Cockle Bay is a community near the Auckland suburb of Howick.
It is the place I currently call home.
With a population of less than 5,000 people, Cockle Bay is never a crowded place.
This beautiful East Auckland neighborhood was once the home base for a native Maori people known as Ngai Tai.
The village, previously known as Tuwakamana, also has a historical connection to World War II.
Locals and visitors can visit the beach via a hiking trail, known as the Awaroa Walkway.
The walk is relaxing and beautiful, as it extends in either direction towards Howick Beach or the Shelly Park Sandpit.
As you walk along Cockle Bay Beach you won’t be able miss the millions of cockle shells that heavily cover the ground.
The beach is a great place to take a break from the hustle and bustle of Auckland, taking in a romantic or solo stroll.
It is also very family-friendly with a large children’s playground and plenty of climbable trees.
Bring a picnic to enjoy on the grassy lawn that overlooks the local ducks – but just don’t feed them!
James’ mom Sami is a bit of a bird expert, having worked at the Wild Bird Care Charitable Trust, and she has explained to me why it’s important to not throw pieces of food (usually bread) at the precious animals.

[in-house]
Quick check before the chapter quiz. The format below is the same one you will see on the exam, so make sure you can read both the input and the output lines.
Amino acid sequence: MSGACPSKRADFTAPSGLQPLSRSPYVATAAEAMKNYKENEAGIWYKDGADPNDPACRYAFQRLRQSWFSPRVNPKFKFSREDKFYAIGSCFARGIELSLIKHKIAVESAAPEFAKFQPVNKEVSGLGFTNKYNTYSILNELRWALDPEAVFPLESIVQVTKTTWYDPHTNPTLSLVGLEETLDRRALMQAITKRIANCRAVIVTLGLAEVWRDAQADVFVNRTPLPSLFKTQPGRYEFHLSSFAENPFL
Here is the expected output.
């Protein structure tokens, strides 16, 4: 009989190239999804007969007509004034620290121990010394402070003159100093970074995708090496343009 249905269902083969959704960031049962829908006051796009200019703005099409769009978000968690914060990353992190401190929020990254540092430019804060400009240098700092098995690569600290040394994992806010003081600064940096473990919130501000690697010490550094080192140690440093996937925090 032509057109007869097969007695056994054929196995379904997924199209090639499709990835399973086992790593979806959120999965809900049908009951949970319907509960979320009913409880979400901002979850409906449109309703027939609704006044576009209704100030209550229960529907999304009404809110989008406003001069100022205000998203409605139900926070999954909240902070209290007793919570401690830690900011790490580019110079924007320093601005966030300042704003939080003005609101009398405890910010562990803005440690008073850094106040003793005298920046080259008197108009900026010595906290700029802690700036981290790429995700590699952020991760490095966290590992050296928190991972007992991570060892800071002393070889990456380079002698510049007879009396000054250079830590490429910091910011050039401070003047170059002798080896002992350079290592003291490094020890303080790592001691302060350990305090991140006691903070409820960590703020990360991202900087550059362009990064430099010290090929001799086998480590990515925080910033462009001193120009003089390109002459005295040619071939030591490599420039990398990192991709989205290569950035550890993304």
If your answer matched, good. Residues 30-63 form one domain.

Visitors, while being well-intentioned in feeding the creatures, likely don’t realize that doing so can cause damage to the environment.
Birds can become reliant on human food sources and young birds can grow not learning the important skills used to forage their own food.
It can also cause them to become unafraid of people, and sadly can become vulnerable to abuse.
Not to mention the spreading of disease, bird-to-bird to bird-to-human, some of which are highly contagious and even lethal.
Bread, specifically, has poor nutritional value. Calcium deficiency, a common occurrence in pond birds, can cause badly deformed legs and wings as well as the softening of egg shells.
Also, bread that settles in the bottom of the waterways can rot and bacteria can easily contaminate the water.
Feeding also attracts larger species, deterring smaller species, and maintaining that natural balance is incredibly important.
So let this serve as a friendly reminder.
It’s highly important to respect the environment you’re in, whether it’s you’re own hometown or someone else’s. And this includes the ducks.
I hope you’re able to come visit Cockle Bay Beach sometime, and that you enjoy it as much as I do!